Getting lots of flowers from a small space used to mean buying annuals every year. You can still go the annual route with free-flowering compact forms such as the many-colored zinnias in the Profusion series. An array of modern, smaller perennials will do the same job, and save labor by returning from year to year. Try a reblooming daylily (Hemerocallis), like little ‘Black-Eyed Stella’, which is yellow with a contrasting central “eye” and a maximum height of 12 inches. Another good perennial choice is one of the small-scale tickseeds (Coreopsis), like those in the bright-colored Li’l Bang series. Vertical growers like annual morning glory and perennial clematis use little ground or container space as they clamber up trellises or tuteurs.

    Miniature Roses

    Miniature roses, at 12 to 24 inches tall, feature all the traits of their larger relatives, minus the gangly stature. Fragrant, apricot-pink ‘Barbara Mandrell’ for example, boasts the high-centered flowers typical of hybrid teas. Miniatures are also available in climbing form, which is handy for those with more vertical than horizontal space.

    Made for Partial Shade

    Container gardening is a great option for gardeners with little space or time.

    Container gardening is a great option for gardeners with little space or time.

    Partial shade does not have to mean dashed hopes for space-conscious gardeners. Lovers of baby greens can grow mesclun in spaces with dappled shade and only about two hours of sun per day. Pots of parsley or oregano will be fine with only a few hours of sunshine. Try annual wishbone flower (Torenia fournieri) for purple or cream flowers in small borders, window boxes or containers. It thrives in shade and grows only six to 12 inches tall and wide. For foliage color, look for variegated-leaf perennials, like blue and cream Hosta ‘Frosted Mouse Ears’, which catches the eye and grows only six inches tall and 12 inches wide.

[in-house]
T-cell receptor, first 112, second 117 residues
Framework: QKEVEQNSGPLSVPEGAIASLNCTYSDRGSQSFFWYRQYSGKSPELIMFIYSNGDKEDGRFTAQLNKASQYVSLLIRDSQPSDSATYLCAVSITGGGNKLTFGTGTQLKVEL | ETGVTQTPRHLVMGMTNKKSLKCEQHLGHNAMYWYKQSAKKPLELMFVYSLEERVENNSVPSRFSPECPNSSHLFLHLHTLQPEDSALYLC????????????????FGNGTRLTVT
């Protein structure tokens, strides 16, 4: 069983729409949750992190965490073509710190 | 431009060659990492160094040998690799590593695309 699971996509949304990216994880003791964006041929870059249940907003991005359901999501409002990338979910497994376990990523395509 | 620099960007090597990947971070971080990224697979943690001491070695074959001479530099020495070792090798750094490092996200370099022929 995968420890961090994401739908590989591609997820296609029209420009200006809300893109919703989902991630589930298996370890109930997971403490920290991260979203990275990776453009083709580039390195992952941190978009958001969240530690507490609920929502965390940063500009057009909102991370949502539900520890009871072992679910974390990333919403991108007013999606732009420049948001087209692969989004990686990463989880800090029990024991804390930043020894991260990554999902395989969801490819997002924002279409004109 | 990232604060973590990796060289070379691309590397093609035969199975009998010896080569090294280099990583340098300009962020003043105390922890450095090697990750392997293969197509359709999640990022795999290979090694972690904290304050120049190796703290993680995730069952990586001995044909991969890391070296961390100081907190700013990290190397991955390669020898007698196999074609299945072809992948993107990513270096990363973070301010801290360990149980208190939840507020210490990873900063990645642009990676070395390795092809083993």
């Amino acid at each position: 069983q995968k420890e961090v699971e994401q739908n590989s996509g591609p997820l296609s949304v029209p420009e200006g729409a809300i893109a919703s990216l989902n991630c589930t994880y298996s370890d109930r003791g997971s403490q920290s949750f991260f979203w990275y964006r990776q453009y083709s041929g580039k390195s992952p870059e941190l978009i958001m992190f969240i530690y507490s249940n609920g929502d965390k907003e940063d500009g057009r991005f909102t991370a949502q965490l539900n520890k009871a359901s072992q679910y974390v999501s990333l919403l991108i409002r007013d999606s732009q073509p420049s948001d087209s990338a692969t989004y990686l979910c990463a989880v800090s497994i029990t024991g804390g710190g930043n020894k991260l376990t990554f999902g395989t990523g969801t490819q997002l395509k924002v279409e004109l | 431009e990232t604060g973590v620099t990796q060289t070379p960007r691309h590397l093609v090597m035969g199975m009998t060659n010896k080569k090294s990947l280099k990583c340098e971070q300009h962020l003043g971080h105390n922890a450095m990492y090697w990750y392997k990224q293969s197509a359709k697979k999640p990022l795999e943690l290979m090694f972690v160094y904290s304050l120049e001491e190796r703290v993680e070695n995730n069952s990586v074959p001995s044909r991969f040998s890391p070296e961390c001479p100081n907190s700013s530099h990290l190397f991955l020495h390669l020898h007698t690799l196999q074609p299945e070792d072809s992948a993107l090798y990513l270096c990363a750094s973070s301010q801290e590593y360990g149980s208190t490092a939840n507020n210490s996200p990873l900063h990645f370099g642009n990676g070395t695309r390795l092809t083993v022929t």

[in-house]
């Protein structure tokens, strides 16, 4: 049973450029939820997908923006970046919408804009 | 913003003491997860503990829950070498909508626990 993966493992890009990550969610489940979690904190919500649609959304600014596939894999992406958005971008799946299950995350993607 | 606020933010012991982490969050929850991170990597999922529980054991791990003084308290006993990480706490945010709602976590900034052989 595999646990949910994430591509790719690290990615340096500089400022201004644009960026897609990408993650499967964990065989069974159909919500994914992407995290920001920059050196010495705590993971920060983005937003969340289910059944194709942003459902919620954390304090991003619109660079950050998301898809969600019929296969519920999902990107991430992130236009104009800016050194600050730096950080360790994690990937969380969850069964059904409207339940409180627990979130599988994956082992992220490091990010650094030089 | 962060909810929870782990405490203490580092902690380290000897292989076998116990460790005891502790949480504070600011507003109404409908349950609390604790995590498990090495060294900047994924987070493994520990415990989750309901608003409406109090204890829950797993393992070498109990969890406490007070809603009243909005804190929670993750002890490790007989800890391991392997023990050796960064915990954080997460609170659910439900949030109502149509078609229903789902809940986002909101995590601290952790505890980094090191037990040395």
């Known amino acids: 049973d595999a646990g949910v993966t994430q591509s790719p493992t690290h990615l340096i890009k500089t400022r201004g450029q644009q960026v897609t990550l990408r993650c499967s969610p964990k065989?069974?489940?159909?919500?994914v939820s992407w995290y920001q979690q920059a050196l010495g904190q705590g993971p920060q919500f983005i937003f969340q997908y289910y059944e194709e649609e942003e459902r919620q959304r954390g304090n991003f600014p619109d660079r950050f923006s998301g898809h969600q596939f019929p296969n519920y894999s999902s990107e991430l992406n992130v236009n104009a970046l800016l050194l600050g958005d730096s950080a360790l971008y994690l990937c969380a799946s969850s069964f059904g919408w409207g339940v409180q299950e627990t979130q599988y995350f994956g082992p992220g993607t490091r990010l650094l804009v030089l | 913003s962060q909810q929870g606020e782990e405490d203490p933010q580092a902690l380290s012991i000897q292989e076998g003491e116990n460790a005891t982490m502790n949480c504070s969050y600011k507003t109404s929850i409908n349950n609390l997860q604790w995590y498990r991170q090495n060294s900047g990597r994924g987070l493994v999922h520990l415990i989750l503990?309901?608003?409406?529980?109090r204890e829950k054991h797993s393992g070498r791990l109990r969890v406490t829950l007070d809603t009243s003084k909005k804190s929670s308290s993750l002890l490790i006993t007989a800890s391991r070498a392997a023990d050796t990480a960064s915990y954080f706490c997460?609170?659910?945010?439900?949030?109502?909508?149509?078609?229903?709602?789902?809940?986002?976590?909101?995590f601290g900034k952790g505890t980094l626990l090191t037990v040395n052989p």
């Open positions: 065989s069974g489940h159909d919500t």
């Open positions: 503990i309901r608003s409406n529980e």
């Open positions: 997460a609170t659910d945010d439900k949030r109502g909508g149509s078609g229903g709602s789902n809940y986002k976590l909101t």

Succeed With Succession Planting

    Natural and Organic

    Top dress small plots with Fafard Premium Natural and Organic Compost.

    Get maximum growth out of small spaces by using succession planting. When spring bulb-grown plants, like tulips and daffodils fade, seed annuals such as nasturtium or baby lettuce in the same spaces. If hot weather puts an end to the greens, grow small-scale annuals until fall and then make another sowing of lettuce or mesclun.

    Troubleshooting

    Intensive cultivation of small spaces can lead to nutrient depletion. Top dress small plots with amendments like Fafard Premium Natural and Organic Compost, which can also be mixed into container medium. Small spaces—especially containers and window boxes—tend to dry out quickly, so check for dryness and make sure to water every day in hot weather.

    About Elisabeth Ginsburg


    Born into a gardening family, Elisabeth Ginsburg grew her first plants as a young child. Her hands-on experiences range from container gardening on a Missouri balcony to mixed borders in the New Jersey suburbs and vacation gardening in Central New York State.

    She has studied horticulture at the New York Botanical Garden and elsewhere and has also written about gardens, landscape history and ecology for years in traditional and online publications including The New York Times Sunday “Cuttings” column, the Times Regional Weeklies, Horticulture, Garden Design, Flower & Garden, The Christian Science Monitor and many others.

    Her “Gardener’s Apprentice” weekly column appears in papers belonging to the Worrall chain of suburban northern and central New Jersey weekly newspapers and online at http://www.gardenersapprentice.com. She and her feline “garden supervisors” live in northern New Jersey.